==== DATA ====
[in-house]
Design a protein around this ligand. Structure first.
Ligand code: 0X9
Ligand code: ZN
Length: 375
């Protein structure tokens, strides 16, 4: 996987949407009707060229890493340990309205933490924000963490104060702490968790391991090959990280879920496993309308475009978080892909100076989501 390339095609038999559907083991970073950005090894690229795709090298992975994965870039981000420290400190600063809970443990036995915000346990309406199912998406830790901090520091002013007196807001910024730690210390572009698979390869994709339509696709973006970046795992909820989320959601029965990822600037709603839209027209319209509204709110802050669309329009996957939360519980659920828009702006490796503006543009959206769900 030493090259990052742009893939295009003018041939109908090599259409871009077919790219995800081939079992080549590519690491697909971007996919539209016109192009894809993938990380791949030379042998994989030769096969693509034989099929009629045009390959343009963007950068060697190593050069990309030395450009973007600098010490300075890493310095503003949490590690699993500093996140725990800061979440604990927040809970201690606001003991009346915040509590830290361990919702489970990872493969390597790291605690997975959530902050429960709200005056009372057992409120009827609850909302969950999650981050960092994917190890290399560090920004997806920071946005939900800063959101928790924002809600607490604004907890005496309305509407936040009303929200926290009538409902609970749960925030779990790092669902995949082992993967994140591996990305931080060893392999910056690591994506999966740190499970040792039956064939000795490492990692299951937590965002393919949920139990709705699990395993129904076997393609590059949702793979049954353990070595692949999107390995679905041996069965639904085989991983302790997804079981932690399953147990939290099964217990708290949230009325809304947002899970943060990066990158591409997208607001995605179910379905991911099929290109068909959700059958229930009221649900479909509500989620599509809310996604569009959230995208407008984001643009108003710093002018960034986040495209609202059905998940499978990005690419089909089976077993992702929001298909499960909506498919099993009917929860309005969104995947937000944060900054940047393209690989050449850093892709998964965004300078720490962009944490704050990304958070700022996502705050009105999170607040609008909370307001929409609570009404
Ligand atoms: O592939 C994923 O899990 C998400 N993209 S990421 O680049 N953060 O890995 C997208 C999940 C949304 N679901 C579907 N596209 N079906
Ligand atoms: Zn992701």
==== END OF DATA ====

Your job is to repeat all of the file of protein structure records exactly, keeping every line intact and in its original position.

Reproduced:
[in-house]
Design a protein around this ligand. Structure first.
Ligand code: 0X9
Ligand code: ZN
Length: 375
């Protein structure tokens, strides 16, 4: 996987949407009707060229890493340990309205933490924000963490104060702490968790391991090959990280879920496993309308475009978080892909100076989501 390339095609038999559907083991970073950005090894690229795709090298992975994965870039981000420290400190600063809970443990036995915000346990309406199912998406830790901090520091002013007196807001910024730690210390572009698979390869994709339509696709973006970046795992909820989320959601029965990822600037709603839209027209319209509204709110802050669309329009996957939360519980659920828009702006490796503006543009959206769900 030493090259990052742009893939295009003018041939109908090599259409871009077919790219995800081939079992080549590519690491697909971007996919539209016109192009894809993938990380791949030379042998994989030769096969693509034989099929009629045009390959343009963007950068060697190593050069990309030395450009973007600098010490300075890493310095503003949490590690699993500093996140725990800061979440604990927040809970201690606001003991009346915040509590830290361990919702489970990872493969390597790291605690997975959530902050429960709200005056009372057992409120009827609850909302969950999650981050960092994917190890290399560090920004997806920071946005939900800063959101928790924002809600607490604004907890005496309305509407936040009303929200926290009538409902609970749960925030779990790092669902995949082992993967994140591996990305931080060893392999910056690591994506999966740190499970040792039956064939000795490492990692299951937590965002393919949920139990709705699990395993129904076997393609590059949702793979049954353990070595692949999107390995679905041996069965639904085989991983302790997804079981932690399953147990939290099964217990708290949230009325809304947002899970943060990066990158591409997208607001995605179910379905991911099929290109068909959700059958229930009221649900479909509500989620599509809310996604569009959230995208407008984001643009108003710093002018960034986040495209609202059905998940499978990005690419089909089976077993992702929001298909499960909506498919099993009917929860309005969104995947937000944060900054940047393209690989050449850093892709998964965004300078720490962009944490704050990304958070700022996502705050009105999170607040609008909370307001929409609570009404
Ligand atoms: O592939 C994923 O899990 C998400 N993209 S990421 O680049 N953060 O890995 C997208 C999940 C949304 N679901 C579907 N596209 N079906
Ligand atoms: Zn992701």